By Storm Team 10 Meteorologist Kelly Bates with help from the NWS office in Taunton, MA.Even though the rain has stopped, area rivers keep on rising. A quick look at area hydrographs shows the usual rivers that go into minor flood when we have heavy rain, are in fact, flooding. Flood Warnings have been issued by the National Weather Service as well for these areas.Flood Warning for The Pawtuxet River At Cranston until this evening or until the warning is cancelled.
by KELLY BATES, NBC 10 NEWSHASCON will offer an immersive fan experience of all things Hasbro at the Rhode Island Convention Center and the Dunkin' Donuts Center in Providence. (WJAR)PROVIDENCE, R.I. (WJAR) â€” Hasbro is taking the fan experience up a notch with the first ever HASCON.
Understanding math anxiety Posted: Friday, August 15, 2014 5:36 PM EDT Updated: Thursday, August 21, 2014 6:48 AM EDT The thought of a math test can make even the most confident student stressed out. But for some, the feeling goes way beyond a little worry.
Muck Rack makes it simple to find people, tweets, or articles that mention any name, keyword, company, hashtag etc. We've compiled this guide to help you make the most of your search.
Selecting a term
Start searching tweets, articles from media outlets, articles mentioned in tweets, journalists'
names, titles and bios with some suggested searches:
Companies or Topics (e.g. iPhone, Microsoft)
Phrases (e.g. "cloud computing") — use quotes to keep the terms together
Twitter handles (e.g. @username) — returns those who have mentioned or replied to
Names (e.g. "David Pogue")
Hashtags (e.g. #sxsw, #london2012)
Bio details (e.g. vegan, Olympics, father)
Muck Rack's Advanced Search allows for many boolean operators.
Find results that mention multiple specified terms, use AND or
+. For example, ensure each result contains both Elon Musk and Mark Zuckerberg by
searching Musk AND Zuckerberg or Musk + Zuckerberg.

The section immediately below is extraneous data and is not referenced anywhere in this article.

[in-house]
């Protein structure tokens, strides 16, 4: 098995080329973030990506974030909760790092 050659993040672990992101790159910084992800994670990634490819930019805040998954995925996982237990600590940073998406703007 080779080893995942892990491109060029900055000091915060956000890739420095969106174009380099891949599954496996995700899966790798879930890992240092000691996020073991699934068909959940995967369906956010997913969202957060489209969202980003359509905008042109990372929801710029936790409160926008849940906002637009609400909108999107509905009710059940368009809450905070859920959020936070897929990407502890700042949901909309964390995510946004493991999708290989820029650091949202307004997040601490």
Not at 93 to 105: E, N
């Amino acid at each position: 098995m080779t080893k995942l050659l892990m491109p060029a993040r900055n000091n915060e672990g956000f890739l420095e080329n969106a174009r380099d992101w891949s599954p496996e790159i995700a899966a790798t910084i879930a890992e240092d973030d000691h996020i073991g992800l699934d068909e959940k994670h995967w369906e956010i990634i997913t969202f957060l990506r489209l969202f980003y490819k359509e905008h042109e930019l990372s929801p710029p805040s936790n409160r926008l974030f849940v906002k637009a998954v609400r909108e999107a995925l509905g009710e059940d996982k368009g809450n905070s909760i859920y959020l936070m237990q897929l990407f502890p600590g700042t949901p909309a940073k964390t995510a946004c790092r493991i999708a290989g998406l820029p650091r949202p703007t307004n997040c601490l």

Use the operators OR or , to broaden your search when you'd like either of
multiple terms to appear in results. (This is the default behavior of our search when no operators
are used). For example, results will contain either cake or cookie by searching cake OR cookie or cake,cookie
Use NOT or - to subtract results from your search. For
example, searching Disney will yield results about the Walt Disney Company as well as Walt Disney
World Resort. To exclude mentions of Disney World, search for Disney -World or Disney
When using one of these operators with a phrase, enclose it in quotation marks. For example, you can
find results about smartphones excluding Apple's iPhone 4S by searching smartphone -"iPhone
Exact case matching or punctuation
If you're searching for a brand name or keyword that relies on specific punctuation marks or capitalization, you can
find results that match your exact query by adding matchcase: before the keyword you're searching for, like matchcase:E*TRADE .
Use parentheses to separate multiple
boolean phrases. For example, to find journalists talking about having fun in Disney World or
Disneyland, search for ("disney world" OR disneyland) AND fun.
An asterisk can be used to search for any variation of a root word truncated by the asterisk. For example, searching for admin* will return results for administrator, administration, administer, administered, etc.
A near operator is an AND operator where you can control the distance between the words. You can vary the distance the near operation uses by adding a forward slash and number (between 0-99) such as strawberries NEAR/10 "whipped cream", which means the strawberries must exist within 10 words of "whipped cream".